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The aim is to attract the kind of person Robb describes as "the guy down the road who until now had his plasma TV and car in the garage, but just lost his job and won't find a new one because some illegal already has it."Don Black, a 56-year-old former KKK grand wizard, says he no longer has any formal affiliation with the Klan because "it just got so demonized and attracted the wrong people; it just got to be impossible." But that doesn't mean he's given up the struggle.As the founder of Stormfront.org, he has the white-supremacist world at his fingertips, all from the comfort of his West Palm Beach, Fla., home.Last spring Black made it a policy for the site to "have no swastikas and Third Reich symbols to turn off first-time visitors."Black had to upgrade his server after it crashed Nov.5 along with another white-supremacist site, the Council of Conservative Citizens, according to the SPLC.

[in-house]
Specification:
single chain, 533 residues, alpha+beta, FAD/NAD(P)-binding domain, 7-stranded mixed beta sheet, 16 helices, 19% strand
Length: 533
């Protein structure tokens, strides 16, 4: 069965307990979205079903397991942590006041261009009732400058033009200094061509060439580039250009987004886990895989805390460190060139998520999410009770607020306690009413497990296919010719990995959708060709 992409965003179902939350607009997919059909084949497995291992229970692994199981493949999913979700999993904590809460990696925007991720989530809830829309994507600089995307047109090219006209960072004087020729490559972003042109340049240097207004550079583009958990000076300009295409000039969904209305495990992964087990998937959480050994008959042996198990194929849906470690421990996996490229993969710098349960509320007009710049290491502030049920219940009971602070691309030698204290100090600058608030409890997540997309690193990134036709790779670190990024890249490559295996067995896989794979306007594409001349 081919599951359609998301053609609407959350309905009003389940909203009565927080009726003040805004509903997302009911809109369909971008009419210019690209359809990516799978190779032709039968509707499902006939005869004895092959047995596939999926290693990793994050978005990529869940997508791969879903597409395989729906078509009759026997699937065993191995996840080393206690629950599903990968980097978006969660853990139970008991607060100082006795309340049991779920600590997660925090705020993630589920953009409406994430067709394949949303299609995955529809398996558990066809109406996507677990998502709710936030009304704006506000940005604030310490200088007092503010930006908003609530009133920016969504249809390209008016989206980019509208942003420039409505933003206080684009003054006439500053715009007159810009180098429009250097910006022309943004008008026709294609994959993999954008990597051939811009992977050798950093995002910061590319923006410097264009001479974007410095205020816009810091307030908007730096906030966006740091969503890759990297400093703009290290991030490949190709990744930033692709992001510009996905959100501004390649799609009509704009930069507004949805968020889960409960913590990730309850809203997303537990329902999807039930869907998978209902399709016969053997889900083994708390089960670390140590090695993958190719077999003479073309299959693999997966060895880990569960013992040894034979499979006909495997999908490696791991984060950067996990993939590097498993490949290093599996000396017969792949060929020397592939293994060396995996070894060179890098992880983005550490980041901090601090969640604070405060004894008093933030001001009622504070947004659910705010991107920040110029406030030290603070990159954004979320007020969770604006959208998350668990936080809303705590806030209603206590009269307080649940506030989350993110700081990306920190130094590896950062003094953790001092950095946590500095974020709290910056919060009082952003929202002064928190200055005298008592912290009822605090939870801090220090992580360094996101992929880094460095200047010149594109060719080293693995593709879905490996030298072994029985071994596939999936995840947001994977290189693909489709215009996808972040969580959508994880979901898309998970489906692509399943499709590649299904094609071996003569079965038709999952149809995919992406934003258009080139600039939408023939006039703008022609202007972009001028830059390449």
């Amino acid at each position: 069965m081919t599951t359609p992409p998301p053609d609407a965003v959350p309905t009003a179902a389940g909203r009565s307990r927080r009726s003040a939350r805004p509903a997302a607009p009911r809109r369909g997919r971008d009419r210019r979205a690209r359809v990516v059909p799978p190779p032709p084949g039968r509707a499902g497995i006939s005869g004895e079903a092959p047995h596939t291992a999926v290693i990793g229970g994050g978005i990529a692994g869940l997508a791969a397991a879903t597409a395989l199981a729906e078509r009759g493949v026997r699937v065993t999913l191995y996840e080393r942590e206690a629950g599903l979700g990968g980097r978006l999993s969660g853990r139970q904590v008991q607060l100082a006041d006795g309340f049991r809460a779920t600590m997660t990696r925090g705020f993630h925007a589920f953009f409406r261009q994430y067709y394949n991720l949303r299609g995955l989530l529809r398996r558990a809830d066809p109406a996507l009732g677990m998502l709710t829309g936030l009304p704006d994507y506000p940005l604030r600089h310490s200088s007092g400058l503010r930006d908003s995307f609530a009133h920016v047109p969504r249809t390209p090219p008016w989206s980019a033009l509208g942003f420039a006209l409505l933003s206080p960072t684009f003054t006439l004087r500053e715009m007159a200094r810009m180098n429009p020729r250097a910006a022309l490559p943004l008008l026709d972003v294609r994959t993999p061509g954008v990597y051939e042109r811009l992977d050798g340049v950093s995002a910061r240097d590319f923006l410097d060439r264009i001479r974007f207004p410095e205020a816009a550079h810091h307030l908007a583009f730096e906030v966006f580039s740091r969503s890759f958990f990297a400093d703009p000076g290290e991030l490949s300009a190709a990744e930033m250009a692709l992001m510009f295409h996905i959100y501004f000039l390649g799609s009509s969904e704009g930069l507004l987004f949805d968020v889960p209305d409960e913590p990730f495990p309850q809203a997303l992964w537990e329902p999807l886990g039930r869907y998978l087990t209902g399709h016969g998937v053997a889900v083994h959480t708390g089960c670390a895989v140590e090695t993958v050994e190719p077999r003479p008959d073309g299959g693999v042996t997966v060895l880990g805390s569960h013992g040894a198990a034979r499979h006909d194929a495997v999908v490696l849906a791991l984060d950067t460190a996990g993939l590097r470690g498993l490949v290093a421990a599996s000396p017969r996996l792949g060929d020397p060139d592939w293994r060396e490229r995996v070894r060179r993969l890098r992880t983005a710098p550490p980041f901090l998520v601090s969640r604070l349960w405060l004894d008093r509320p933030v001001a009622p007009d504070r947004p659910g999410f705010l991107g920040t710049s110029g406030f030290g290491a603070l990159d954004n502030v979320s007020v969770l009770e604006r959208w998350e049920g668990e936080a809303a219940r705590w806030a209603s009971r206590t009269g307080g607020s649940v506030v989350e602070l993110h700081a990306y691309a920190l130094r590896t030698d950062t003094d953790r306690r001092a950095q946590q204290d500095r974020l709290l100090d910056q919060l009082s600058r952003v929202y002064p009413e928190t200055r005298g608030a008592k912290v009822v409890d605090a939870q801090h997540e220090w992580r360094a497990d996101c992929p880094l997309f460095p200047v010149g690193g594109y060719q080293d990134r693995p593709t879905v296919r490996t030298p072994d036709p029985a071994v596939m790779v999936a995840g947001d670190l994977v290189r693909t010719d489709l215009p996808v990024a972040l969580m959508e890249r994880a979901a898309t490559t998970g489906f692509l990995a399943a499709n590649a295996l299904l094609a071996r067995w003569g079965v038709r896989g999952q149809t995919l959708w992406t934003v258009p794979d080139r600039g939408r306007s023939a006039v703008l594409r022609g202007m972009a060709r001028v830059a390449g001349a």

She used to think of white-power groups as scary, she says, "but no one here advocates violence.
While Robb questions the authority of other Klan groups, he happily notes that "a rising tide lifts all ships." Keep up with this story and more It's hard to conduct accurate surveys of racists, who tend to exaggerate their strength and importance.
But it's fair to say that in the Age of Obama, there's growing concern.
"I knew we'd get a surge in interest [after the election], but I didn't expect so much; we couldn't handle it," says Black.
In the 24 hours following Obama's victory, he says, 2,800 new users signed up.
The kids draw pictures of white-hooded Klanspeople and sing songs about the oppressed Aryan race; rousing sermons are read from Bibles decorated with Confederate flags.